At the Humboldt Bay Rowing Association (HBRA) sculling boathouse at the Adorni Center, my sculling buddy and I lose no time getting on the water, each one in a single boat. Once we push off the dock, memories of the pre-dawn rise, the drive, the maneuvering of boats and oars down to the water fade fast — a mere prelude to the luxury of an hour of rowing.
The boats moored at Woodley Island Marina blink in the early light and the slumbering Carson Mansion towers just east of us. We own the place: nobody moves around on the boats, on the docks, on the boardwalk.
We head north toward the Samoa Bridge. Soon our pilot harbor seal surfaces to say, "Hi." I like to think that she is always the same seal, that she knows us and is excited to join our ride. Because join she does and at regular intervals she pops her head out of the water to let us know she's accompanying us, then dives back down drawing a question mark in the water: Where next?
We reach the end of Daby Island and after turning the boats around we pause to take in the expanse of the bay. Birds of various species, intent on getting breakfast, drop a distracted look on us. Having won its daily tussle with the fog, the sun asserts its right to chase away shadows. It makes grass glisten, water sparkle and sunglasses necessary.
We row all the way to the south end of the marina, across toward Indian Island and down around the middle span of the Samoa Bridge, past which we turn around. The rhythmic dipping of our oars in the water breaks the prevailing silence.
Rowing engages every large muscle group in the body. Most of the stroke's power comes from the legs' push. The back and arms wrap up the stroke then start the recovery part, in which the body moves forward and gets ready for the next stroke. Rowing for me is like swimming the butterfly on my back: The oars are my arms, their blades my hands. When I let the blades fall in the water, they dip deep enough on their own. With the drive, I propel myself on the water and I feel the boat glide. I see the wake I leave behind, a long stroke as if painted by a Japanese calligraphy brush.
Repeating the same sequence of movements becomes a dance. When I swim, I go on autopilot. When I row, I must concentrate on every stroke, so my mind empties itself of what is not strictly necessary to execute the task at hand.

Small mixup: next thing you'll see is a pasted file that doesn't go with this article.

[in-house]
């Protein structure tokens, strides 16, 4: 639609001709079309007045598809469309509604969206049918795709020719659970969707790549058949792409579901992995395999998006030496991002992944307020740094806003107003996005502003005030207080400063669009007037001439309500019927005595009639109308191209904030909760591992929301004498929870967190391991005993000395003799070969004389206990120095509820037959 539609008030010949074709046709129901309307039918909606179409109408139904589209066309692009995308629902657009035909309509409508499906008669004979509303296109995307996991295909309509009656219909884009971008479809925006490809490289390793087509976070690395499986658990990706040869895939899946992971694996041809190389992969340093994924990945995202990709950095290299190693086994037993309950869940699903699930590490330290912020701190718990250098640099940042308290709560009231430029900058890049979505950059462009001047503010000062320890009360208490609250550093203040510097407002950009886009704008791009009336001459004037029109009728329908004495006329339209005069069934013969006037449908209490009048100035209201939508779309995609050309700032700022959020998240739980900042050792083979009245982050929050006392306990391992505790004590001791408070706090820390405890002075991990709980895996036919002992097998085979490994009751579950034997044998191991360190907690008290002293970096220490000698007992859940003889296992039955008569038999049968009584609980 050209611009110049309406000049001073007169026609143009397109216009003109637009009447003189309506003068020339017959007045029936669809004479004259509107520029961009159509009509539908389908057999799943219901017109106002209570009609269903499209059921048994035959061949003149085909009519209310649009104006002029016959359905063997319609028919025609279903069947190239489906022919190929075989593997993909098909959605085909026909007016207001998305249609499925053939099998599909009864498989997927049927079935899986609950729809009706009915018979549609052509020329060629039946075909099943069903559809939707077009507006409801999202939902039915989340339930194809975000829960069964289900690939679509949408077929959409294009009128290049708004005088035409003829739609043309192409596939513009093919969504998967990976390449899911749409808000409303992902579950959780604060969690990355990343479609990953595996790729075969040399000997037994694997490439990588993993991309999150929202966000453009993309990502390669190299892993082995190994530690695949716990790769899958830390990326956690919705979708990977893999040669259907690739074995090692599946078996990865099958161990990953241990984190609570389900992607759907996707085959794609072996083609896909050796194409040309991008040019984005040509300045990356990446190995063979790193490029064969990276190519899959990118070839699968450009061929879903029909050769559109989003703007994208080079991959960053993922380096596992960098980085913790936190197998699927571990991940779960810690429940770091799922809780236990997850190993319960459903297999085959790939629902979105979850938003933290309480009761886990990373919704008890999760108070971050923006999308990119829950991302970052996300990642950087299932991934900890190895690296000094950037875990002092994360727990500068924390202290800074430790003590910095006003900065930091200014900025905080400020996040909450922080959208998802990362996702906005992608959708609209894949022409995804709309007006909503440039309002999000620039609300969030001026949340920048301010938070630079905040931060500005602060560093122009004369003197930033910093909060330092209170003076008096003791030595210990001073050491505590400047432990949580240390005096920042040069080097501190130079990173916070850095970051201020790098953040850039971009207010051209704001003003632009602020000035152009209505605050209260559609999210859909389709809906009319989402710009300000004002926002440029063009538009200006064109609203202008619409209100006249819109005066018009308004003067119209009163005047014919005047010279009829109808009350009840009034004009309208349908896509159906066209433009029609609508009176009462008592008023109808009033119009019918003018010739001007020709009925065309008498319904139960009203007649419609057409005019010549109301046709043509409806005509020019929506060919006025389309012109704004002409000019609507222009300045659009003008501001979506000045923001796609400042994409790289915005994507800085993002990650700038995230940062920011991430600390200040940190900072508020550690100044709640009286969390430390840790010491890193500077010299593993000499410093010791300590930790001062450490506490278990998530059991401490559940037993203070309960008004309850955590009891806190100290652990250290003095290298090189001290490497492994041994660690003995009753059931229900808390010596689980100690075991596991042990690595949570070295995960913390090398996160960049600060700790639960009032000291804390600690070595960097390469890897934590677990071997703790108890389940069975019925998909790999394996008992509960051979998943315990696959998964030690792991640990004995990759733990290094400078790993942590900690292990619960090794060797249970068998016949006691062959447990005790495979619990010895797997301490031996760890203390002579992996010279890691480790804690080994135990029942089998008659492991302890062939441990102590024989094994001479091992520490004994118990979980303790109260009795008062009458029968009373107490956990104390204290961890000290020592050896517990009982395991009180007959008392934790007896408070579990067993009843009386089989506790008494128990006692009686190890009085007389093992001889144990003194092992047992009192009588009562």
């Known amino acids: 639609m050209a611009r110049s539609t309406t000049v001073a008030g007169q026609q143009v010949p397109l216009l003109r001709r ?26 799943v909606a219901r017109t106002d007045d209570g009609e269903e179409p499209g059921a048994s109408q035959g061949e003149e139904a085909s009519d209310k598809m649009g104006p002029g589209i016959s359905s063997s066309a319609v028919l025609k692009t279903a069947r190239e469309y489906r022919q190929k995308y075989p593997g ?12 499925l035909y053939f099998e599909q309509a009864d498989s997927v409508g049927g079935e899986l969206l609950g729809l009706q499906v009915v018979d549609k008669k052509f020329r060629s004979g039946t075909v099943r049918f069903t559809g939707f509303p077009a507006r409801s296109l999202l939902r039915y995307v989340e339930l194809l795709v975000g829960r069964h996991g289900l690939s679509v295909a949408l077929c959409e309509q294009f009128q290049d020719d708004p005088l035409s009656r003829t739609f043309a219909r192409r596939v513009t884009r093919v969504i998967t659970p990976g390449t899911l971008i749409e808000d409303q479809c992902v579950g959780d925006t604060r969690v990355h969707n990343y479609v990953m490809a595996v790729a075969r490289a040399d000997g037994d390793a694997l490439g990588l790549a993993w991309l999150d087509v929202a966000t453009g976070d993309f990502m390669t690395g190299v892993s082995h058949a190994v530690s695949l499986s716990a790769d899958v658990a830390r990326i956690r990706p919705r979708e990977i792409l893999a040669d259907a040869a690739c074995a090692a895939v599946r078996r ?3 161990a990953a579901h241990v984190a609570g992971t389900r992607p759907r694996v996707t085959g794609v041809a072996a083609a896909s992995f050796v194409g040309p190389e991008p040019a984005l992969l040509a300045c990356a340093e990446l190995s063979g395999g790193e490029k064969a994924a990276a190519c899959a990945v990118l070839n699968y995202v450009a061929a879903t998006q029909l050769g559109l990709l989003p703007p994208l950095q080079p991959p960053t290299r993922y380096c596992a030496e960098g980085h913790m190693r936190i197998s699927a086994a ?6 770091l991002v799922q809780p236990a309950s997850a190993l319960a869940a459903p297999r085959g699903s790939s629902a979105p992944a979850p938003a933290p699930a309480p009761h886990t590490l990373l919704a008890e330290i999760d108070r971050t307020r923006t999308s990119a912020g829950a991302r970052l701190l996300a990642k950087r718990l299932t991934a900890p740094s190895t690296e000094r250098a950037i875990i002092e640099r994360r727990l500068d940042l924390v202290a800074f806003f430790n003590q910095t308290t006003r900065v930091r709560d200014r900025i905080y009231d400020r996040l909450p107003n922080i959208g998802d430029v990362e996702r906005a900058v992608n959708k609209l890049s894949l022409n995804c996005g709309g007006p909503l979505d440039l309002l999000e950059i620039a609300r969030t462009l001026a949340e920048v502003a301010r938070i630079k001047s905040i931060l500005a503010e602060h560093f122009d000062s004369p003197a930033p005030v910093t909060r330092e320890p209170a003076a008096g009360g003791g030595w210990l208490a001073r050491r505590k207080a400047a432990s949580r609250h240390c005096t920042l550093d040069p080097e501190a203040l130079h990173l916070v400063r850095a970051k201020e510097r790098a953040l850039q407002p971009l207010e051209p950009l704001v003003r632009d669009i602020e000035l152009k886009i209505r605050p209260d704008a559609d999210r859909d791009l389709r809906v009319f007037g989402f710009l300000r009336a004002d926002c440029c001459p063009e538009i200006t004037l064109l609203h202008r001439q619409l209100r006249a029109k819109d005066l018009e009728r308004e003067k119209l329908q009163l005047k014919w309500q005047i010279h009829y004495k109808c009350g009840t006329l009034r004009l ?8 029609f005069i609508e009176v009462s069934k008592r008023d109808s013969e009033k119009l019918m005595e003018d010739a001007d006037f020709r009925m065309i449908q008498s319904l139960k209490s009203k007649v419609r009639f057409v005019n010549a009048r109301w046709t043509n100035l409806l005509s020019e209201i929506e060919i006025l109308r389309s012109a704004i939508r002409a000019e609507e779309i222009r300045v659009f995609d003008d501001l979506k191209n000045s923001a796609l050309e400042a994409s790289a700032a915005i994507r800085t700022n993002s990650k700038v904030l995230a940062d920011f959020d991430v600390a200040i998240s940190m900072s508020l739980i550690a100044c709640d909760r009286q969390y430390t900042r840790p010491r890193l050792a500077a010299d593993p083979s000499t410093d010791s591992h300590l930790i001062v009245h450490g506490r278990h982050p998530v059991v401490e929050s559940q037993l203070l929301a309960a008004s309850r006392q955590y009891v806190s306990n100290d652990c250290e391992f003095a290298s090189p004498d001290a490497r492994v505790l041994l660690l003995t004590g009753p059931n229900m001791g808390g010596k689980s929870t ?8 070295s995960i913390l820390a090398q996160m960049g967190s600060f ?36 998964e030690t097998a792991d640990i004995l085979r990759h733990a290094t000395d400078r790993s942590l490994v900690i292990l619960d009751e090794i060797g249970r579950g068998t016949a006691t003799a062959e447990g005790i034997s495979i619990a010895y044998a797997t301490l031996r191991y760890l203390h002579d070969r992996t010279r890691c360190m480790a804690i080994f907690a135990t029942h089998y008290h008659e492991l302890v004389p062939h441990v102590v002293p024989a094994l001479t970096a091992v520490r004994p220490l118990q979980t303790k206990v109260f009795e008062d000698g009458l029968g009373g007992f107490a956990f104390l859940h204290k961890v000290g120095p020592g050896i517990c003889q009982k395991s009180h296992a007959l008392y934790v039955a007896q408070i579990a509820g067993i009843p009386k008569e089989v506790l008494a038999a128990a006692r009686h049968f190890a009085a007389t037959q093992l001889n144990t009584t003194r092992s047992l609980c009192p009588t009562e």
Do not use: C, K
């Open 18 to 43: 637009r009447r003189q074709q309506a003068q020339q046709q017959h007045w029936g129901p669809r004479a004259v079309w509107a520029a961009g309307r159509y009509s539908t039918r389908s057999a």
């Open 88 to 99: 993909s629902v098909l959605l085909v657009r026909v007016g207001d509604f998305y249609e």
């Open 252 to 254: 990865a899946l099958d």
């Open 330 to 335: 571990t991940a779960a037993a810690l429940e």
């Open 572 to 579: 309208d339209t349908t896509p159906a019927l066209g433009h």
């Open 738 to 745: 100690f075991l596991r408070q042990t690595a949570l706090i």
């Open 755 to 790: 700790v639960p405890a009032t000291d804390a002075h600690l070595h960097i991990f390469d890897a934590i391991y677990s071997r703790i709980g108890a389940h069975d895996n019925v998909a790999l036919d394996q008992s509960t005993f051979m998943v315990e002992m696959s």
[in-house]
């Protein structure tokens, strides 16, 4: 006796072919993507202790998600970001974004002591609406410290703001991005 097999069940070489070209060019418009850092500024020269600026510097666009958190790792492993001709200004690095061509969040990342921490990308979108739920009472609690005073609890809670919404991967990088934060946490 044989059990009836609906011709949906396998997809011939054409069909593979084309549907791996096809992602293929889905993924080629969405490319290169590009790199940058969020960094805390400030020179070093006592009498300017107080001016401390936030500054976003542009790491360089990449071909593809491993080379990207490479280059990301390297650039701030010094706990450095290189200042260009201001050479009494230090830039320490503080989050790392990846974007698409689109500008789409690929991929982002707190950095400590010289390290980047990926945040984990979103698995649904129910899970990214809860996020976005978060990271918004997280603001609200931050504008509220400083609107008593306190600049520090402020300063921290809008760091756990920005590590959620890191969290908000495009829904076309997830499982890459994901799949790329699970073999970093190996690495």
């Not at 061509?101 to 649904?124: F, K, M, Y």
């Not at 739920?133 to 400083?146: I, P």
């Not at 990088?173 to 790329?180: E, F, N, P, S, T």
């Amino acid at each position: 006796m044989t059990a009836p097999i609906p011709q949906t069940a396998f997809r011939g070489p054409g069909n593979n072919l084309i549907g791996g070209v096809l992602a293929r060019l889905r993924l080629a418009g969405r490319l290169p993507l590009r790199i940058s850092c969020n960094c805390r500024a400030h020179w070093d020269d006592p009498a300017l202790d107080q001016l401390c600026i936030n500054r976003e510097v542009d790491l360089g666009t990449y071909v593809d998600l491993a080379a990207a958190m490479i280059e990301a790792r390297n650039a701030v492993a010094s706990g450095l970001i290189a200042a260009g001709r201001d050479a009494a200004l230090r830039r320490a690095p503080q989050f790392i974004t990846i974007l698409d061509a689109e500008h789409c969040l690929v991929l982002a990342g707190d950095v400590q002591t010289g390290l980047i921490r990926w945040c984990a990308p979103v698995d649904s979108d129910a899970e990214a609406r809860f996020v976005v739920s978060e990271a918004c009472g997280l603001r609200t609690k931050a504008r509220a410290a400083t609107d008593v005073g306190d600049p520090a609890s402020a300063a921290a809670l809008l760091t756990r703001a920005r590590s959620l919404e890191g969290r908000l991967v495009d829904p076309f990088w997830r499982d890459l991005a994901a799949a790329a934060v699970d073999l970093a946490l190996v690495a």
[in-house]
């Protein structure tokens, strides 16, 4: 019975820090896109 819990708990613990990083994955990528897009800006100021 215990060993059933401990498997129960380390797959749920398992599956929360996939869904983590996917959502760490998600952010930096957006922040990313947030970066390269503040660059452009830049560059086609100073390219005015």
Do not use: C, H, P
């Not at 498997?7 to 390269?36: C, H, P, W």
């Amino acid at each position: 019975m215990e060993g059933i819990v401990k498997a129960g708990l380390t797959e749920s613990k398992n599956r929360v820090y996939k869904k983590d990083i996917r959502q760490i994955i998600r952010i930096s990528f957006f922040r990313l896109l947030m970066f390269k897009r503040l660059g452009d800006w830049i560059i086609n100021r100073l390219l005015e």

Docking is like yoga's savasana, the final pose, when I let everything go and there is a rush of profound well-being soaking every cell. Sculling requires a bit more than rolling up my mat when it's over, but the unexciting steps of carrying the boats up from the dock to the boathouse, washing them and putting them away are like pennies in exchange for the precious time spent out on the water with seals, pelicans, egrets and all the birds that love Humboldt Bay as much as we do.
Simona Carini is a writer and photographer. You can see some of her work on her website www.simonacarini.com.
Want to try it?
The Humboldt Bay Rowing Association (HBRA) provides rowing instruction to individuals of all ages. HBRA hosts both junior and master competitive teams, as well as recreational rowing on an independent level with their recreational sculling program.
For information on private lessons, the upcoming Summer Rowing Clinics for juniors and adult rowers, how to become certified as an "independent rower" or to join one of the club teams, visit www.hbra.org.
If you want to give rowing a try first, take advantage of the National Learn to Row Day on Saturday June 3. Ages 11 and up can sign up to get a taste of being out on the water with other people practicing sweep rowing. For more information, visit www.eventbrite.com/e/national-learn-to-row-day-registration-32592881185.
HBRA operates out of two boathouses: the sculling boathouse is located at the Adorni Center next to the HSU Aquatic Center. The sweep program is located at the HSU/HBRA Boathouse up the road from the Adorni Center on Waterfront Drive, just south of the Samoa Bridge.
For other perspectives, see Amy Barnes' previous North Coast Journal's article on sweep rowing ("Oars on the Water," May 28, 2015) and a recent Washington Post article on sculling and age (wapo.st/2pfemRG).